Image: Home Foreclosure © Dana Hoff, Getty Images

Michael Barton was just 19 when he bought his first foreclosure four years ago for $37,000. The Lincoln, Neb., resident said he realized he could pay less on a mortgage than he was spending to rent a six-bedroom house with his brother and three other people.

"I was paying $350 a month in rent and knew there were houses out there that would have a mortgage lower than that," Barton said. "My original mortgage on my first house was $315 a month, and I had my brother living with me paying $350 a month, (so I was) living for free."

Since then, Barton has purchased three more foreclosed properties to fix up and rent out.

By contrast, financial planner Diahann Lassus wasn't in the market for an investment property when she noticed a foreclosure for sale around the corner from her Bonita Springs, Fla., home.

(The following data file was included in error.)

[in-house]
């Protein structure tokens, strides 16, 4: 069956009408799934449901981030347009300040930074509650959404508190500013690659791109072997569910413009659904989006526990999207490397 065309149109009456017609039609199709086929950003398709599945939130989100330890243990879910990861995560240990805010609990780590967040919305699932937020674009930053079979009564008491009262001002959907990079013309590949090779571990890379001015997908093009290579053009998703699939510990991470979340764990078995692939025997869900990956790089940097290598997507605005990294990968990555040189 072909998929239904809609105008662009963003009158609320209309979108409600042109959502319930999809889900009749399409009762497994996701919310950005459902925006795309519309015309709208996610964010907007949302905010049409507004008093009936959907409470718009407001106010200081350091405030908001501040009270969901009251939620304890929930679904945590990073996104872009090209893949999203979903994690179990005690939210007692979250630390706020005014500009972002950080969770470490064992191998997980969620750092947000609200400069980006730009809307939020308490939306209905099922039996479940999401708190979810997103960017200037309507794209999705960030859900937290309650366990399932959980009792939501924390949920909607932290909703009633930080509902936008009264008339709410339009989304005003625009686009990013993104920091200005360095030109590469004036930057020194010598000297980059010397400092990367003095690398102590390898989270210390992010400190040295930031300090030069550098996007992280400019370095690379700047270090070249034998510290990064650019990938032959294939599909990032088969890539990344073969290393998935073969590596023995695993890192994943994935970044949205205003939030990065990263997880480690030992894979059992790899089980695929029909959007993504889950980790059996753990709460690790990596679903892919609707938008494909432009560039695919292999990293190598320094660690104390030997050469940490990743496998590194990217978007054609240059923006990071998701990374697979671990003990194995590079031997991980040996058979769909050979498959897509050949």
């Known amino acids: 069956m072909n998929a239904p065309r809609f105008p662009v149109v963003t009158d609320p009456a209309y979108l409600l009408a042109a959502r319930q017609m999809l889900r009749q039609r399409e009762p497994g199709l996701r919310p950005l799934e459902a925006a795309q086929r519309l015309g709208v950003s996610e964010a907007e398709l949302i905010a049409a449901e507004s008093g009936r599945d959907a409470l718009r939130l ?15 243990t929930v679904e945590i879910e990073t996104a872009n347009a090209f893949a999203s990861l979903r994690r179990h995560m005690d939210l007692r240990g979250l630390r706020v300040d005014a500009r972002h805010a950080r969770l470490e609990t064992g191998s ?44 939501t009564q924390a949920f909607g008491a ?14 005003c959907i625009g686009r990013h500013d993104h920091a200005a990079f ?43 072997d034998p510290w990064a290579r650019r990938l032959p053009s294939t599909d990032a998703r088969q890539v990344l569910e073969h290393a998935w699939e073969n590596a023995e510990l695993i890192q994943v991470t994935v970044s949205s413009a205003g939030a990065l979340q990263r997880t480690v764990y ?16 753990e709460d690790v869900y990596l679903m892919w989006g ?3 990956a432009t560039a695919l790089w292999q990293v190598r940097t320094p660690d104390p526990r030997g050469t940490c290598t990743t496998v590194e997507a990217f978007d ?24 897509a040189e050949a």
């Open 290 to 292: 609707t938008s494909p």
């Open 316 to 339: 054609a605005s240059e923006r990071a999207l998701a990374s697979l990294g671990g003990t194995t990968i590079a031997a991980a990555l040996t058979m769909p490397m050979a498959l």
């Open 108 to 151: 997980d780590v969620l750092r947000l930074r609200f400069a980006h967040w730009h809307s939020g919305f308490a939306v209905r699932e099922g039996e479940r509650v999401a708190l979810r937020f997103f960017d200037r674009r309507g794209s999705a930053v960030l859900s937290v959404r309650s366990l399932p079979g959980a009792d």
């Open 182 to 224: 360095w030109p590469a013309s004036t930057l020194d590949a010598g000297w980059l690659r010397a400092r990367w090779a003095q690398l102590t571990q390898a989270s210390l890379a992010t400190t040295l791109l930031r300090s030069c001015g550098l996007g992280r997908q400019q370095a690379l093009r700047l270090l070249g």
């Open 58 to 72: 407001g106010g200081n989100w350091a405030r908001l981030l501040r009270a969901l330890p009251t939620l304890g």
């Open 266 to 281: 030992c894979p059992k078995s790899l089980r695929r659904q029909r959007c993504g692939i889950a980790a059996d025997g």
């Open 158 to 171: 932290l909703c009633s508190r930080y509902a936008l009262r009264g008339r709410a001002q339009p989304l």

After extensive research and number crunching, Lassus offered the bank 20% less than its asking price -- a discount that reflected the considerable costs necessary to fix up a house that had been empty for two years. Her offer was accepted, so she wound up paying $95,000 cash for a three-bedroom house once valued at $350,000.


The renovations cost more than she had expected -- about $45,000 -- and the return on her investment has been less than what she's making on her stock market investments. But she has "great renters" who are covering her costs, and she expects the home to appreciate over the 10 years or so she plans to own it.


Buying a foreclosure can be a great way to get a home for less, whether you're planning to live in the property or rent it out. The supply of foreclosures certainly isn't going to dry up soon, which means plenty of opportunities for home seekers and investors.

Plenty of pitfalls await the unprepared buyer, however.

Liz Weston

Liz Weston


"A foreclosure is not for everyone," said John Anderson, a longtime agent with Twin Oaks Realty in Golden Valley, Minn., who says about half of his business is short sales and foreclosures. "A lot of buyers are struggling just to get enough money" for a down payment and "don't have $4,000 to replace the carpet and $1,000 to repaint and $2,000 for new appliances."